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E-ISSN : 2148-9696
Crescent Journal of
Medical and Biological Sciences
Apr 2024, Vol 11, Issue 2
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Original Article
Speed of Auditory Information Processing in Congenitally Blind and Sighted Subjects: A Behavioral and Electrophysiological Study
Mohammad Hosseinabadi1, Ghassem Mohammadkhani1, Arash Almasi2
1Department of Audiology, School of Rehabilitation, Tehran University of Medical Sciences, Tehran, Iran
2Research Center of Environmental determinants of Health, Kermanshah University of Medical Sciences, Kermanshah, Iran

DOI: 10.34172/cjmb.2023.38
Viewed : 560 times
Downloaded : 737 times.

Keywords : Auditory processing speed, PASAT, Congenitally blind, Event related potential
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Abstract
Objectives: Blind people must rely more than sighted people on auditory input in order to acquire information about the world. The present study was designed to test the hypothesis that speed of auditory information processing is better in people with congenital blindness compared to sighted people.

Materials and Methods: This study is an applied research and its method is survey research. Sixteen adolescents with congenital blindness participated in the study, together with 16 sighted control adolescents. All participants were evaluated to determine the speed of auditory information processing with two versions of PASAT (Paced Auditory Serial Addition Test) and event-related potentials.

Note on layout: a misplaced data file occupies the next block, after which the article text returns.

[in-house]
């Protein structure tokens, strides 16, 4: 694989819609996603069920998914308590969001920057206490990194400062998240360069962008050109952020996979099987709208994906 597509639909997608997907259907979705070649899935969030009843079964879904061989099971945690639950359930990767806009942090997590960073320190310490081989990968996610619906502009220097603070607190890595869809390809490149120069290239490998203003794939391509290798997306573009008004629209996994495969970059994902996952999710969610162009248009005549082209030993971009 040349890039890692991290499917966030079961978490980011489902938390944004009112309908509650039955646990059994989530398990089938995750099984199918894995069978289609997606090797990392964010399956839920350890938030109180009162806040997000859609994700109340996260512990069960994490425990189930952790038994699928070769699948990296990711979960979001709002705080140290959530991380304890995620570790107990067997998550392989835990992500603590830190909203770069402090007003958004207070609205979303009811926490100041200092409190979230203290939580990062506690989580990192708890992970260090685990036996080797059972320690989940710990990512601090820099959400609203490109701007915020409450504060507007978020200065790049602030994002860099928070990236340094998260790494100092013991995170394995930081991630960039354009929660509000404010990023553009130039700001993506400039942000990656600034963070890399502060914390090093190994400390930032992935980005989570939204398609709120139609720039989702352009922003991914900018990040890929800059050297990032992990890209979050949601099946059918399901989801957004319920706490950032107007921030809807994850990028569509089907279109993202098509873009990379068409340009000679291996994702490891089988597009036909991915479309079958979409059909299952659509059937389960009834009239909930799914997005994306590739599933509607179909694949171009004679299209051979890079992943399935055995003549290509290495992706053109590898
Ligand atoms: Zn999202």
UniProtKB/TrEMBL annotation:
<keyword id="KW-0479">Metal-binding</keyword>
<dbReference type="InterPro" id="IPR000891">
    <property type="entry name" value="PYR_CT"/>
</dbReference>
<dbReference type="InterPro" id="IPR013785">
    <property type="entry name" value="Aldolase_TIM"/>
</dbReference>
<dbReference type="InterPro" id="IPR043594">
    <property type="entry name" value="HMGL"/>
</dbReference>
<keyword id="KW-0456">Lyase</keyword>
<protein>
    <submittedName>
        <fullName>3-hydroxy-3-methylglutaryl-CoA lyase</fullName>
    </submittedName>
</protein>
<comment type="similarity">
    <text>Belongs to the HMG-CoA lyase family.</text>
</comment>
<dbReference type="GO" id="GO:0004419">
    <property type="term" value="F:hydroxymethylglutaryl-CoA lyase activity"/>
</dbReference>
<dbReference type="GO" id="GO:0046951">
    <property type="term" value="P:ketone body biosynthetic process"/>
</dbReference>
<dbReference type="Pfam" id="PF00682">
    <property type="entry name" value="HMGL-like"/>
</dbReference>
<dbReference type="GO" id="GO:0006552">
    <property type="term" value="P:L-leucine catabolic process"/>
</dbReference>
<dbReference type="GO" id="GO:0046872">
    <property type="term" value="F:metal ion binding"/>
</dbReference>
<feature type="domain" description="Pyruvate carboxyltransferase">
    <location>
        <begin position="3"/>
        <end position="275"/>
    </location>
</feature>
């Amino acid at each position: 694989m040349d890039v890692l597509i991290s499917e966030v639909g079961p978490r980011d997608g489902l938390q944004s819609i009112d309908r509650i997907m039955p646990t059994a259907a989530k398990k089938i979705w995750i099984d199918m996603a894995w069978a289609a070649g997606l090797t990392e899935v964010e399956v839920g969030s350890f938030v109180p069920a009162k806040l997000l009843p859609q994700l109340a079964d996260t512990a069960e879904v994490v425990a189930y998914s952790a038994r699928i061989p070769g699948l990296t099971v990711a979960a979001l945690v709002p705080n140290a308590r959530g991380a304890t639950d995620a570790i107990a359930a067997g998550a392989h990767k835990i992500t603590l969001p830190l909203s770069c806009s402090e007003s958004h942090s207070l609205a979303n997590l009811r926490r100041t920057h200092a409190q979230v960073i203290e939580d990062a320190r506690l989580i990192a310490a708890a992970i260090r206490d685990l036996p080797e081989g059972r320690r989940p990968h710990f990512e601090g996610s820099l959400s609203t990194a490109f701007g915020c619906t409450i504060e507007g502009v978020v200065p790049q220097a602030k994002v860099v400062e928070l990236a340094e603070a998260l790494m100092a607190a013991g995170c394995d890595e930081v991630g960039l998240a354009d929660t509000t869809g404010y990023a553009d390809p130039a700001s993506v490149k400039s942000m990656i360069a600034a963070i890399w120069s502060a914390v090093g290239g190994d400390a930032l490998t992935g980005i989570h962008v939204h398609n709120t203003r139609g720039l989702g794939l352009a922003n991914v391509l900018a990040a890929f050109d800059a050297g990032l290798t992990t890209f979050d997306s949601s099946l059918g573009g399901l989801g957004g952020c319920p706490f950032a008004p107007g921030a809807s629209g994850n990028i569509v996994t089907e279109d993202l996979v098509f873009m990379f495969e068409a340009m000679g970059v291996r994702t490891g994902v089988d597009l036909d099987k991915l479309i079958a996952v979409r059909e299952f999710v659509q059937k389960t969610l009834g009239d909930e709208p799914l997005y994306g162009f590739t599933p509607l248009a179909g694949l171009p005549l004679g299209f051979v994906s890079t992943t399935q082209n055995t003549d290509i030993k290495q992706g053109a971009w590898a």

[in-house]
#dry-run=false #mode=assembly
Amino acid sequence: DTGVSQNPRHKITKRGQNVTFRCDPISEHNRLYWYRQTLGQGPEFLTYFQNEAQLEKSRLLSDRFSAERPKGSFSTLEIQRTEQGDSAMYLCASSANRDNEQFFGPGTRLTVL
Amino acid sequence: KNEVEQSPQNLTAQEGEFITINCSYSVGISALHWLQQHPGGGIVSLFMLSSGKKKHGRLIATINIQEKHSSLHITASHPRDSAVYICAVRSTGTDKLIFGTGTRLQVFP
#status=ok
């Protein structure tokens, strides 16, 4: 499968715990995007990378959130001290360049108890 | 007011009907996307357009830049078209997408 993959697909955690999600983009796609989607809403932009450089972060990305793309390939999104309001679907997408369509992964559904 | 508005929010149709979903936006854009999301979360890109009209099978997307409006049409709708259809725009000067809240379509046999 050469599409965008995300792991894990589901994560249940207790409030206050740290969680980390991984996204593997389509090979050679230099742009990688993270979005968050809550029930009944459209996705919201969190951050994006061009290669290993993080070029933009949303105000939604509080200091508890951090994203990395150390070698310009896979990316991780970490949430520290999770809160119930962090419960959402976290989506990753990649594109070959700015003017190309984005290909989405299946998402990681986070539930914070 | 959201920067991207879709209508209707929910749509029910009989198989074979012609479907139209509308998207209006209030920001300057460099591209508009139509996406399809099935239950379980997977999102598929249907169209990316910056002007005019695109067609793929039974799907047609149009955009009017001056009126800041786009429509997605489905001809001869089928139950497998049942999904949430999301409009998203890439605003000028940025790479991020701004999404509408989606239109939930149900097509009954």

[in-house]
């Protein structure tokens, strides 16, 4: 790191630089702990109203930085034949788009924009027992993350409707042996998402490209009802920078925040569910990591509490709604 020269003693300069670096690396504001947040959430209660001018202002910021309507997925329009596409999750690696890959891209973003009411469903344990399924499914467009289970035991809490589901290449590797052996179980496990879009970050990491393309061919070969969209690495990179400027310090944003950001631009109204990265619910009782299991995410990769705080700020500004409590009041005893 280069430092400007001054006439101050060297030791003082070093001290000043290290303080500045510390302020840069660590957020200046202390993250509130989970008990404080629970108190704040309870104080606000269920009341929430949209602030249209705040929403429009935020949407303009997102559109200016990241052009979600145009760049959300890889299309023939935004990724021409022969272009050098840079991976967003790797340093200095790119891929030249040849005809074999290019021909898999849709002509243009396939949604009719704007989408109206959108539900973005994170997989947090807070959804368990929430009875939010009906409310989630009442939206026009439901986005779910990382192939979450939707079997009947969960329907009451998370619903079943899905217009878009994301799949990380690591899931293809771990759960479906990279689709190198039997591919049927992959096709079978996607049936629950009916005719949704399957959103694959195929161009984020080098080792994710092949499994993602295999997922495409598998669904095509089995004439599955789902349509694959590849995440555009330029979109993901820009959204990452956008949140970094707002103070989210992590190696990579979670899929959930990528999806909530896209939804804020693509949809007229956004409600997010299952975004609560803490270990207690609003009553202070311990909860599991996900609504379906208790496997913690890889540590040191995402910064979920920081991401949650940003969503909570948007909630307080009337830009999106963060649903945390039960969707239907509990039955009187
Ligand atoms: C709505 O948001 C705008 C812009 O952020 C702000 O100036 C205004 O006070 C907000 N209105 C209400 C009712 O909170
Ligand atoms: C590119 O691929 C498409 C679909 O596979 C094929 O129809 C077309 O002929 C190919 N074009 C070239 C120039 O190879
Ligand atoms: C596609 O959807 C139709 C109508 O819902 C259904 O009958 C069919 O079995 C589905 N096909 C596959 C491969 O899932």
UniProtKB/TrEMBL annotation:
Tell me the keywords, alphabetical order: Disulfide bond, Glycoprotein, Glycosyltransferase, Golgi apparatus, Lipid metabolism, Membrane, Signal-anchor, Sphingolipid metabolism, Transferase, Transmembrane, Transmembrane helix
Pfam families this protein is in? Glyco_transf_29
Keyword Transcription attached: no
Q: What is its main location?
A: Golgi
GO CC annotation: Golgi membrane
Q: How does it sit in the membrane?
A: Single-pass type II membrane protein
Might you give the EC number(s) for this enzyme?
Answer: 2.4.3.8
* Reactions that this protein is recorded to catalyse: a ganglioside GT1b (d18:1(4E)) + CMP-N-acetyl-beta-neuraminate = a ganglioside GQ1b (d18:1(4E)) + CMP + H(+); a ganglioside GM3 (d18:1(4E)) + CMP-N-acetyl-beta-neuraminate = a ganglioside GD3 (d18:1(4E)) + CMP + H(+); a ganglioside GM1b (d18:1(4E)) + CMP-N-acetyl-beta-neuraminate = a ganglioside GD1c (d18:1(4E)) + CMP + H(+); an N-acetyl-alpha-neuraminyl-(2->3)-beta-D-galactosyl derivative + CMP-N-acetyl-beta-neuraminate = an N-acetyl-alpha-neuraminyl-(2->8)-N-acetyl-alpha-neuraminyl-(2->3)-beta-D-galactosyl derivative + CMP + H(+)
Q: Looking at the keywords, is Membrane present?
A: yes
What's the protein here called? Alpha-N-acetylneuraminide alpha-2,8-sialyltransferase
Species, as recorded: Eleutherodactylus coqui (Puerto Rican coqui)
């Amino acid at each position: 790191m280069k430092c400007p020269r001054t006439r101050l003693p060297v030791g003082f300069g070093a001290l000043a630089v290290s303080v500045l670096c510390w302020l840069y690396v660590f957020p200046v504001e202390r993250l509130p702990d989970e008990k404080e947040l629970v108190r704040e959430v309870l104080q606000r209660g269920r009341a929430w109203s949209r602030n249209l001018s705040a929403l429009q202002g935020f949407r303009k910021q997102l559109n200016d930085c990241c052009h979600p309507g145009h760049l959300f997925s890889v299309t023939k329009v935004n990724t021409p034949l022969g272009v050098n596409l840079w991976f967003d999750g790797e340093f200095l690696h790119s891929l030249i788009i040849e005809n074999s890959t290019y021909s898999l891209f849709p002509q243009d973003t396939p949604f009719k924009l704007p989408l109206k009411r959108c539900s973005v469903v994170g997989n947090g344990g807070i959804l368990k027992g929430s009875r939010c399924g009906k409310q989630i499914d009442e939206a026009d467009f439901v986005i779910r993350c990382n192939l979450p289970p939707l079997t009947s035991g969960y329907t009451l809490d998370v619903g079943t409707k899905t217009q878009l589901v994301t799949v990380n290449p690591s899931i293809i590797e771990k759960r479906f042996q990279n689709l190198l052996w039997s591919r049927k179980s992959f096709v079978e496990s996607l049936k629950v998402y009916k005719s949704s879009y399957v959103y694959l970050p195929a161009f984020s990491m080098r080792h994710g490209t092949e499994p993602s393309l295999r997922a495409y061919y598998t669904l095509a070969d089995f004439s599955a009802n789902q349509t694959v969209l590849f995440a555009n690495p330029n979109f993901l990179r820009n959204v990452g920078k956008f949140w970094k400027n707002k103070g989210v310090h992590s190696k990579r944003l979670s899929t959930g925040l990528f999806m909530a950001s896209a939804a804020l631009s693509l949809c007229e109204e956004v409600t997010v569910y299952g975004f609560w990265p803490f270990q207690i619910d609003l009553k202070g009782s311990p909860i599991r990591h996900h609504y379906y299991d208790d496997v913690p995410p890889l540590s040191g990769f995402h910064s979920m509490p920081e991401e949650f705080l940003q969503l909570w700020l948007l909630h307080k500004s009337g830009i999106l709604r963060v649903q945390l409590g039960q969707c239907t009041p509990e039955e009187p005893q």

Results: The results using independent t-test showed that blind adolescents with Pasat 1.6 test are significantly different from the group of sighted adolescents and show better performance compared to the sighted group (P = 0.013), but no significant difference was observed between the two groups in PASAT 2.6 (P = 0.38). Also, regarding event related potentials (ERPs), decreasing the latencies and increasing the amplitude of P3 wave in event-related potential showed a significant difference between the blind group and the sighted group.

Conclusions: This study shows that the performance of auditory information processing in blind adolescents is somewhat better compared to sighted adolescents, and the faster the stimuli are presented, the more significant the difference. It is suggested that the education of blind children emphasize the ability of these children to process auditory information.

 

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Arash Khaki
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